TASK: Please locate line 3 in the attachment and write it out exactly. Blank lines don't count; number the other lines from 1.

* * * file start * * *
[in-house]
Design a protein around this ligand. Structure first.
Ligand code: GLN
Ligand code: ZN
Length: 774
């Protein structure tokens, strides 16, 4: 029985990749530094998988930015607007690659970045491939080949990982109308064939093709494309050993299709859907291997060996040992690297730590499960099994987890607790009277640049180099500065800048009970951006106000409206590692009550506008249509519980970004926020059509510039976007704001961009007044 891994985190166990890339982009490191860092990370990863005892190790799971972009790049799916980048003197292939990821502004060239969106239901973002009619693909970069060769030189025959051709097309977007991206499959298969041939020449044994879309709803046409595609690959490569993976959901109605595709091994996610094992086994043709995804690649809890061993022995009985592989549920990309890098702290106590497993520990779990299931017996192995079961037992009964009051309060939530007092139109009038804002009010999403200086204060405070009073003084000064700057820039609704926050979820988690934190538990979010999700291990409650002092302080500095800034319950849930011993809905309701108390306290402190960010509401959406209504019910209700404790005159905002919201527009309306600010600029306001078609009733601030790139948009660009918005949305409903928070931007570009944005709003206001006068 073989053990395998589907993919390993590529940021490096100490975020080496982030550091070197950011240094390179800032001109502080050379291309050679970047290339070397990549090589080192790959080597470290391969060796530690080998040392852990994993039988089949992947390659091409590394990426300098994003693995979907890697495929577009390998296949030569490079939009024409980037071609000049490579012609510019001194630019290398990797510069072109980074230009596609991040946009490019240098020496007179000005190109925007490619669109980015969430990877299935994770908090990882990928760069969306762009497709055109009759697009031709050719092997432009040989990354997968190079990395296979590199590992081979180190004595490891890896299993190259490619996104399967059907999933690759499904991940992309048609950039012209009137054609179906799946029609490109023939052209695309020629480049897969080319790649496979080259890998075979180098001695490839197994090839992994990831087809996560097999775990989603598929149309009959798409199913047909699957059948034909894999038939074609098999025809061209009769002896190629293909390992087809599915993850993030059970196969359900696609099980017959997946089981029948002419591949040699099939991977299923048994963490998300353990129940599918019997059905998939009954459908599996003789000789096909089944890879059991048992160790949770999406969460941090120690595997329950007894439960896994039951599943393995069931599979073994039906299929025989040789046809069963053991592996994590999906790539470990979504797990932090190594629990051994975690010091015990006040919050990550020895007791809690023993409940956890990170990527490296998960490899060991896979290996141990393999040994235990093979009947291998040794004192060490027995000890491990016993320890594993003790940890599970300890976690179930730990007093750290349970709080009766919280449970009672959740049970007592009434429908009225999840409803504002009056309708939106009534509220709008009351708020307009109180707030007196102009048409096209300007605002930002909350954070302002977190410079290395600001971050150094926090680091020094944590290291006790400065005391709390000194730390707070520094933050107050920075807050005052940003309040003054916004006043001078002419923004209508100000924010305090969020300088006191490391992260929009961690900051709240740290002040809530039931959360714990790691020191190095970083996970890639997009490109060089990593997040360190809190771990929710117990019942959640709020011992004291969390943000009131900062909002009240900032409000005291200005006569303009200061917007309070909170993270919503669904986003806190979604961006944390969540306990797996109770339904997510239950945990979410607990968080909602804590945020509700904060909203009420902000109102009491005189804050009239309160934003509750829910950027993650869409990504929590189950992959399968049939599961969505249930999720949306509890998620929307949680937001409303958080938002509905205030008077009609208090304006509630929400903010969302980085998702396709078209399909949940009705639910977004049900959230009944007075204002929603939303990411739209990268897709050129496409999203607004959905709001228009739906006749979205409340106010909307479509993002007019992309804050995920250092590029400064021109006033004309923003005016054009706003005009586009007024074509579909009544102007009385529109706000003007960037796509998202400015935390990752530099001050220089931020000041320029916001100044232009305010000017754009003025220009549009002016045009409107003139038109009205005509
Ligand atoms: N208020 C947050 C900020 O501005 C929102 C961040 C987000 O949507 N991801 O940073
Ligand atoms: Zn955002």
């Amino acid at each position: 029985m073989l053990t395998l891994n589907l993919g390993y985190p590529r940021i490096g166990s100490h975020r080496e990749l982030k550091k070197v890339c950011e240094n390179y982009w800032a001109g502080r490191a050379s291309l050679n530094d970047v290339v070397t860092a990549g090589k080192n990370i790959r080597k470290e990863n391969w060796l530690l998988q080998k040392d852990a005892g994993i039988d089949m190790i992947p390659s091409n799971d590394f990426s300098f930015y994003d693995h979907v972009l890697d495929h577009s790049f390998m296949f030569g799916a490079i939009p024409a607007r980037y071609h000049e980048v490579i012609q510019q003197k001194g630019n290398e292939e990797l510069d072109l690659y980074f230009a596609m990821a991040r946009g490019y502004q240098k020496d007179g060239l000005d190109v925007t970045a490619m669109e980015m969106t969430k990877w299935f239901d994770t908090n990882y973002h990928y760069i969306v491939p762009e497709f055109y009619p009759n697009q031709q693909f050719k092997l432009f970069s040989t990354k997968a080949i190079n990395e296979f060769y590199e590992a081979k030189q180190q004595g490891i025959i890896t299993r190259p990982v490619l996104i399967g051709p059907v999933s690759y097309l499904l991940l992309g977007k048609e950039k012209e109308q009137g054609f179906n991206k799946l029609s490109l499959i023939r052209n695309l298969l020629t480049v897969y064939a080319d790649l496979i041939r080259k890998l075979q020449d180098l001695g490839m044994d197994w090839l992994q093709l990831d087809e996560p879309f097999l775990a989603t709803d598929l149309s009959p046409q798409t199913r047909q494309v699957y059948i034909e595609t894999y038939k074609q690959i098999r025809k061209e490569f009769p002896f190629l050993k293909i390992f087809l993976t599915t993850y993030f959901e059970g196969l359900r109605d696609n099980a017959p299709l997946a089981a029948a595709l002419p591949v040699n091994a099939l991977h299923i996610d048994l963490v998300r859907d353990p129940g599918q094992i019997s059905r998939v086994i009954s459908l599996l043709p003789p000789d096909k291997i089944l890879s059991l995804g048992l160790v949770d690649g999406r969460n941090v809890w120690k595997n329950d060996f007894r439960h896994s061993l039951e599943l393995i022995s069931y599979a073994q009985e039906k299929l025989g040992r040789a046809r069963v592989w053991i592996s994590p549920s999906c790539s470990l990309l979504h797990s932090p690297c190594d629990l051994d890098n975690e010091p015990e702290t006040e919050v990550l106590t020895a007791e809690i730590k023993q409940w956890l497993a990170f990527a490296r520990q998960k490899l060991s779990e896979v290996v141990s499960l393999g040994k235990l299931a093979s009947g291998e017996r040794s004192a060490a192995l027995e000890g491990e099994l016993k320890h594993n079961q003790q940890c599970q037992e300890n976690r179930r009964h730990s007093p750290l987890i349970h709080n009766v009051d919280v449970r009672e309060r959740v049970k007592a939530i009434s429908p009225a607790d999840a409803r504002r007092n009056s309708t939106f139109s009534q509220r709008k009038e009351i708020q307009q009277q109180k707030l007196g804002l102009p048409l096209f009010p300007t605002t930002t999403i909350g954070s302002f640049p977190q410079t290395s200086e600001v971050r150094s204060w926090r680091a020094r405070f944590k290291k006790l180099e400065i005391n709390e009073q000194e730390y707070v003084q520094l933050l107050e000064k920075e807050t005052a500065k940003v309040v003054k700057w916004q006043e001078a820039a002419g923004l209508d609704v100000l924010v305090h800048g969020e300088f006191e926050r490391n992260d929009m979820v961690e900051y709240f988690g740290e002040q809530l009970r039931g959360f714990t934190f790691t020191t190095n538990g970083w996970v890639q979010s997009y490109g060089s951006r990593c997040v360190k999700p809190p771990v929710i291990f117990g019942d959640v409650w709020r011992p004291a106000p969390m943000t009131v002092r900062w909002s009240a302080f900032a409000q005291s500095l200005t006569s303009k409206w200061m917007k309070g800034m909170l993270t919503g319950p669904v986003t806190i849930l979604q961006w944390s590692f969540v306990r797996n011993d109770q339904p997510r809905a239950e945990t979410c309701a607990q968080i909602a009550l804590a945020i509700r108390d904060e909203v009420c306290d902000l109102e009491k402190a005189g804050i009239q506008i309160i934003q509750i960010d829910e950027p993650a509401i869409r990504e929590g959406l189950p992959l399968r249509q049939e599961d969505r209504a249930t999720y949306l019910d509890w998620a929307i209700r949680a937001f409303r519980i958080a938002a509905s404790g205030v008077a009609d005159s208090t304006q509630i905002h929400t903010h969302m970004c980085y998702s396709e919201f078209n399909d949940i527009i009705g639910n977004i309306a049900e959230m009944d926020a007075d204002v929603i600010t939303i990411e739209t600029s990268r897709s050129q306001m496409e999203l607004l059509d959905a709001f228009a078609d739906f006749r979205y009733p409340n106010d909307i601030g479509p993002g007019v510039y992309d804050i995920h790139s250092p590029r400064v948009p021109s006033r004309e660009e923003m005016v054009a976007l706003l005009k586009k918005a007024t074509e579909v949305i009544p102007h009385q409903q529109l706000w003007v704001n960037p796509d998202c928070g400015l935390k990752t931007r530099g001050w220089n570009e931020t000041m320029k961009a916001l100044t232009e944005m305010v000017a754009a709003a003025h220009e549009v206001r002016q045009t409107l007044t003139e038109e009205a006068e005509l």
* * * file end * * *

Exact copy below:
Ligand code: GLN